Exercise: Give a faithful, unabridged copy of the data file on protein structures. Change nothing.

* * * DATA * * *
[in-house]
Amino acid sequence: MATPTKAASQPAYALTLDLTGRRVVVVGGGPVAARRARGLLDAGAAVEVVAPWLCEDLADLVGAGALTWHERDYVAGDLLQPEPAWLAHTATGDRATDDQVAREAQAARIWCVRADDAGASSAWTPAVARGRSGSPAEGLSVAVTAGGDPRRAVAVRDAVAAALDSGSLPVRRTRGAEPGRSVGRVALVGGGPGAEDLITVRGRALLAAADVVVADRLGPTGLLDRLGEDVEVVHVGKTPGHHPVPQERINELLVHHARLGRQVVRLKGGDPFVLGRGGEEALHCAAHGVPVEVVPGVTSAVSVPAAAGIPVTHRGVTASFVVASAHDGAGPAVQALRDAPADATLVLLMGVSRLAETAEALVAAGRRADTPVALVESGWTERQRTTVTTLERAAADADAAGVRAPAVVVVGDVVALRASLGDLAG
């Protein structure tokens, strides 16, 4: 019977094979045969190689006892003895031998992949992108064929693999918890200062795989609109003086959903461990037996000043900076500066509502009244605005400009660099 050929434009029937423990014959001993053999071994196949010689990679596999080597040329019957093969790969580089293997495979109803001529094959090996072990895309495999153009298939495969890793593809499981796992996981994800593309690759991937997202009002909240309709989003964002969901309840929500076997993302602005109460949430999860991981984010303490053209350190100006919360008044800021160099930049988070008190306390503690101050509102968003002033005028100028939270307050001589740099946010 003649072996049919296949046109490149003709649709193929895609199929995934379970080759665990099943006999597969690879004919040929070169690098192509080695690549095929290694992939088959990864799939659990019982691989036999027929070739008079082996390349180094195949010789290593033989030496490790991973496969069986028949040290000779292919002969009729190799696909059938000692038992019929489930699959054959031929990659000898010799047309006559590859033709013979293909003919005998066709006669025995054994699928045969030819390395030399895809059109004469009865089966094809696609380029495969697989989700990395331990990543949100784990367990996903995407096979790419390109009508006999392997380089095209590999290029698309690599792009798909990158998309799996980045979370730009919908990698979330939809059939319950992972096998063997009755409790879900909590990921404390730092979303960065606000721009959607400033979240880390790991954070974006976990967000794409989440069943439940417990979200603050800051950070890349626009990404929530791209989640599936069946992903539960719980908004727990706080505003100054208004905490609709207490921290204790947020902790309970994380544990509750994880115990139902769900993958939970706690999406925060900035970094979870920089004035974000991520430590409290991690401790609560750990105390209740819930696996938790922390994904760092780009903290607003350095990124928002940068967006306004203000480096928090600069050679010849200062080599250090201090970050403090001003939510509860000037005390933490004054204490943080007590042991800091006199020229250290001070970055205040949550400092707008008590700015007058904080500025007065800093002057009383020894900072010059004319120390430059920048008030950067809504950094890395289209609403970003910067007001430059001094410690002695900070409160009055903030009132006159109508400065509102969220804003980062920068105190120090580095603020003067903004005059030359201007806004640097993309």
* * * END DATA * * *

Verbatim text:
[in-house]
Amino acid sequence: MATPTKAASQPAYALTLDLTGRRVVVVGGGPVAARRARGLLDAGAAVEVVAPWLCEDLADLVGAGALTWHERDYVAGDLLQPEPAWLAHTATGDRATDDQVAREAQAARIWCVRADDAGASSAWTPAVARGRSGSPAEGLSVAVTAGGDPRRAVAVRDAVAAALDSGSLPVRRTRGAEPGRSVGRVALVGGGPGAEDLITVRGRALLAAADVVVADRLGPTGLLDRLGEDVEVVHVGKTPGHHPVPQERINELLVHHARLGRQVVRLKGGDPFVLGRGGEEALHCAAHGVPVEVVPGVTSAVSVPAAAGIPVTHRGVTASFVVASAHDGAGPAVQALRDAPADATLVLLMGVSRLAETAEALVAAGRRADTPVALVESGWTERQRTTVTTLERAAADADAAGVRAPAVVVVGDVVALRASLGDLAG
């Protein structure tokens, strides 16, 4: 019977094979045969190689006892003895031998992949992108064929693999918890200062795989609109003086959903461990037996000043900076500066509502009244605005400009660099 050929434009029937423990014959001993053999071994196949010689990679596999080597040329019957093969790969580089293997495979109803001529094959090996072990895309495999153009298939495969890793593809499981796992996981994800593309690759991937997202009002909240309709989003964002969901309840929500076997993302602005109460949430999860991981984010303490053209350190100006919360008044800021160099930049988070008190306390503690101050509102968003002033005028100028939270307050001589740099946010 003649072996049919296949046109490149003709649709193929895609199929995934379970080759665990099943006999597969690879004919040929070169690098192509080695690549095929290694992939088959990864799939659990019982691989036999027929070739008079082996390349180094195949010789290593033989030496490790991973496969069986028949040290000779292919002969009729190799696909059938000692038992019929489930699959054959031929990659000898010799047309006559590859033709013979293909003919005998066709006669025995054994699928045969030819390395030399895809059109004469009865089966094809696609380029495969697989989700990395331990990543949100784990367990996903995407096979790419390109009508006999392997380089095209590999290029698309690599792009798909990158998309799996980045979370730009919908990698979330939809059939319950992972096998063997009755409790879900909590990921404390730092979303960065606000721009959607400033979240880390790991954070974006976990967000794409989440069943439940417990979200603050800051950070890349626009990404929530791209989640599936069946992903539960719980908004727990706080505003100054208004905490609709207490921290204790947020902790309970994380544990509750994880115990139902769900993958939970706690999406925060900035970094979870920089004035974000991520430590409290991690401790609560750990105390209740819930696996938790922390994904760092780009903290607003350095990124928002940068967006306004203000480096928090600069050679010849200062080599250090201090970050403090001003939510509860000037005390933490004054204490943080007590042991800091006199020229250290001070970055205040949550400092707008008590700015007058904080500025007065800093002057009383020894900072010059004319120390430059920048008030950067809504950094890395289209609403970003910067007001430059001094410690002695900070409160009055903030009132006159109508400065509102969220804003980062920068105190120090580095603020003067903004005059030359201007806004640097993309």